Most jokes don’t work. Lavish grovelling is pointless. ‘I will call you in two weeks to discuss’: no. This will have the opposite effect of impressing an agent. This is a business letter, so keep it business-like. In the US, you can be a little pushier, a bit more sales-y. In the UK, it’s better to play it straight.

7. Remember what the query letter is there to do

All the letter is there to do is encourage the agent to read the opening page of the manuscript. If that page looks good, the agent will read the first chapter. If he or she likes the first chapter, then they’ll read on, but the query letter is just the very start. No one will make up their mind from a query letter. Your letter needs to get the agent interested enough in the idea to make a start on the manuscript itself. It’s not hard to write a decent query letter. It’s very hard to write a decent manuscript – and that’s where the game is really won or lost.

Feel daunted? Need more help?

It’s OK if you do. Writing and publishing are difficult, and it can be hard to get the right support, and the right training.

But did you know that Jericho Writers is a club for people exactly like you? We were founded by writers for writers, and we have a huge heap of resources completely free to members. Those resources include:

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We built our club for writers like you, and we’d love it if you joined us. Find more about us here, and we look forward to welcoming you soon.

Completing the submission package

Take a wonderful query letter, add a perfect synopsis, and …

OK, so now you know how to write a query letter. It’s not hard and, assuming you can write a half-decent novel, then writing a decent query letter should be easy-peasy.

But you need to team that with a synopsis to complete your submission package.

I’m not going to talk in detail about writing a synopsis now – but you can get a detailed guide on writing a synopsis here – but suffice to say:

  • A synopsis should summarise the story of your book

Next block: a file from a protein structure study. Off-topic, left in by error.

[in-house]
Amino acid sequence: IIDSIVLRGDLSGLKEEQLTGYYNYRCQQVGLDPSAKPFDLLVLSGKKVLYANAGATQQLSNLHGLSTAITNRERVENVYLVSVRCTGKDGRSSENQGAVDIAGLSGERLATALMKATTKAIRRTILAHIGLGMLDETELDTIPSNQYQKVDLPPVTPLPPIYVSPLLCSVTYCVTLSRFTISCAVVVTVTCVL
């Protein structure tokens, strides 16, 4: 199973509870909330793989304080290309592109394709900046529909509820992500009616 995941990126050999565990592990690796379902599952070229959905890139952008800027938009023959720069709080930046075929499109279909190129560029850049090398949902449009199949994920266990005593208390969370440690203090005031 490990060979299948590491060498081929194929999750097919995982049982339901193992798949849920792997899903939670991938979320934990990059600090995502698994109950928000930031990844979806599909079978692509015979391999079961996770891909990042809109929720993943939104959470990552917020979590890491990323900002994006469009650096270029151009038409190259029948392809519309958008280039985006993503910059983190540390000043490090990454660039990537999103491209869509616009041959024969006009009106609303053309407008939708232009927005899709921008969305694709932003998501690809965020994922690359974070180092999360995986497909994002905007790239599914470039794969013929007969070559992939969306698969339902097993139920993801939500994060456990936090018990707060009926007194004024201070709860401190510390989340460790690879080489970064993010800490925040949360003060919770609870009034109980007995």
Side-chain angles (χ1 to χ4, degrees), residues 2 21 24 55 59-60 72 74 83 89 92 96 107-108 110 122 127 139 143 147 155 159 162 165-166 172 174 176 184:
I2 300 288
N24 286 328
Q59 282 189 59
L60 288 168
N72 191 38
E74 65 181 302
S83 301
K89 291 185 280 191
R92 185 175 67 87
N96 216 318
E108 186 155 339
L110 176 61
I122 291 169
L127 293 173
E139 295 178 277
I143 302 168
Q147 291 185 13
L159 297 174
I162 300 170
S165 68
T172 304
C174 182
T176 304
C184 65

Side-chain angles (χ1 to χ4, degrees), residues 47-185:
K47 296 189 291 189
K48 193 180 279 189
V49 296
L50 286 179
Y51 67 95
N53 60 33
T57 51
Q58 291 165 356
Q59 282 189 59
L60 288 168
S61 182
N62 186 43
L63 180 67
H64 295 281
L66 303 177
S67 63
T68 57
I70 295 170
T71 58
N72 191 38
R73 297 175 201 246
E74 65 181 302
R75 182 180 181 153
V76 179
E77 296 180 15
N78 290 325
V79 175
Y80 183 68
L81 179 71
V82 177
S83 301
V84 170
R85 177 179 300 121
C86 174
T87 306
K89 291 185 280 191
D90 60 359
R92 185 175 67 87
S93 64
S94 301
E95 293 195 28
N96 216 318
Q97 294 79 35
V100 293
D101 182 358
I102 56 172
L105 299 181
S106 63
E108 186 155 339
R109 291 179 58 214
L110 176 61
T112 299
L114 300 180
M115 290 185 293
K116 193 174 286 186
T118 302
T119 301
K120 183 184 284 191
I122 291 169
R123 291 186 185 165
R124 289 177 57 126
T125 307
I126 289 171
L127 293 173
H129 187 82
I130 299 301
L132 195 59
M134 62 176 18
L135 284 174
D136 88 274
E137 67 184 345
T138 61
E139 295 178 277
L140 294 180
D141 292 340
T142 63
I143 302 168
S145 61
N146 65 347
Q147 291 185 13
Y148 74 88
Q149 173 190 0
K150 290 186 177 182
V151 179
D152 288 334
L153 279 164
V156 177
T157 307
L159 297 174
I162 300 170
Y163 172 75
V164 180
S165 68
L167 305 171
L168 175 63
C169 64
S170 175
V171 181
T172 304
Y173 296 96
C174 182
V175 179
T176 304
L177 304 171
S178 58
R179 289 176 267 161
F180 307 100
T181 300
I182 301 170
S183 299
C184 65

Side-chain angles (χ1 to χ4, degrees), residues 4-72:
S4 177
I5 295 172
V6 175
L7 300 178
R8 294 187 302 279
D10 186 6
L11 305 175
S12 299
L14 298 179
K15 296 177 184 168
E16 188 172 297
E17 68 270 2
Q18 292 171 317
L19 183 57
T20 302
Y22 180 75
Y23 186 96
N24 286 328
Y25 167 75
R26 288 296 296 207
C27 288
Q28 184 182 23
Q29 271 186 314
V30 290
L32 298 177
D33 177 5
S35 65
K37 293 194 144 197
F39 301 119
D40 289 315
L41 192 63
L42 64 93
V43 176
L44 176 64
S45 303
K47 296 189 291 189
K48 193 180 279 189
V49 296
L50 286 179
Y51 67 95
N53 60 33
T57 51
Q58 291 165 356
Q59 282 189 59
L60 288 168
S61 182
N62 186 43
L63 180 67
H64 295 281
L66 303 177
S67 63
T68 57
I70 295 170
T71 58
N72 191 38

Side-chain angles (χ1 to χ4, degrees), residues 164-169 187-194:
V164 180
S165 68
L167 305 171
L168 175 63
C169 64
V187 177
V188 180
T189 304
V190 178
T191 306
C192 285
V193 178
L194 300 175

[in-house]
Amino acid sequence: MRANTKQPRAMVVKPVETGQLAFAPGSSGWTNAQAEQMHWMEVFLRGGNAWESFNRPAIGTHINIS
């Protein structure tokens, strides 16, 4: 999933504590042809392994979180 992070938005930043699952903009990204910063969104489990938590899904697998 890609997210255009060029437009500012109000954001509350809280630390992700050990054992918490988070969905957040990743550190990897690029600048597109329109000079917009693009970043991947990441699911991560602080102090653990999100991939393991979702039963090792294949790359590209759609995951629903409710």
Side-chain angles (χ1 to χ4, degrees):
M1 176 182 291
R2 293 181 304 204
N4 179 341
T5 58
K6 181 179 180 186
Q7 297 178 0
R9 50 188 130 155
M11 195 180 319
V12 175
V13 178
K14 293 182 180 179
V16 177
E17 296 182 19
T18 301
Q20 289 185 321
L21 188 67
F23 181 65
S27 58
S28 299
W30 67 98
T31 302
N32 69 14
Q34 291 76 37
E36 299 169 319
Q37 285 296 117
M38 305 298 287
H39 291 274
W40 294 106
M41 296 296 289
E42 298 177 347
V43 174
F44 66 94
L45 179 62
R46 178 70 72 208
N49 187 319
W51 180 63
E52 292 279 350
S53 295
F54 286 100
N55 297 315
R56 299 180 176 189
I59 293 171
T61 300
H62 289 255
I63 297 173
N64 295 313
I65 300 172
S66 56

• The language should be neutral rather than salesy
  • Unless an agent specifically asks for something different, you should aim to prepare a synopsis of about 500 words. That will typically run to about a page and a half of normally laid out text.
  • You don’t need to cram every plot detail into your synopsis. Or, to be precise, you can’t cram every plot detail into your synopsis.
  • Instead, you want to hang your synopsis around the basic structure of your book: Status Quo / Initiating Incident / Developments / Climax / Resolution. You’ll find that the “Developments” section of the synopsis skates over a lot of specifics, but that’s fine – that’s  your synopsis doing its job!

If you want more (and you do) you can get it here.

Happy writing, and happy agent-hunting!


About the author

Harry Bingham has been a professional author for twenty years and more. He’s been published by each of the three largest publishers in the world. He’s hit bestseller lists, had a ton of critical acclaim, and has been published in the US, the UK, France, Germany, Spain, Italy, China, Japan . . . and lots of other places too. His work has been adapted for the screen and he’s enjoyed (almost) every minute of his career. (More about Harry, more about his books).

As head of Jericho Writers (and previously the Writers’ Workshop), Harry has helped hundreds of people find agents and get published. He’d love it if you were next. (More about us.)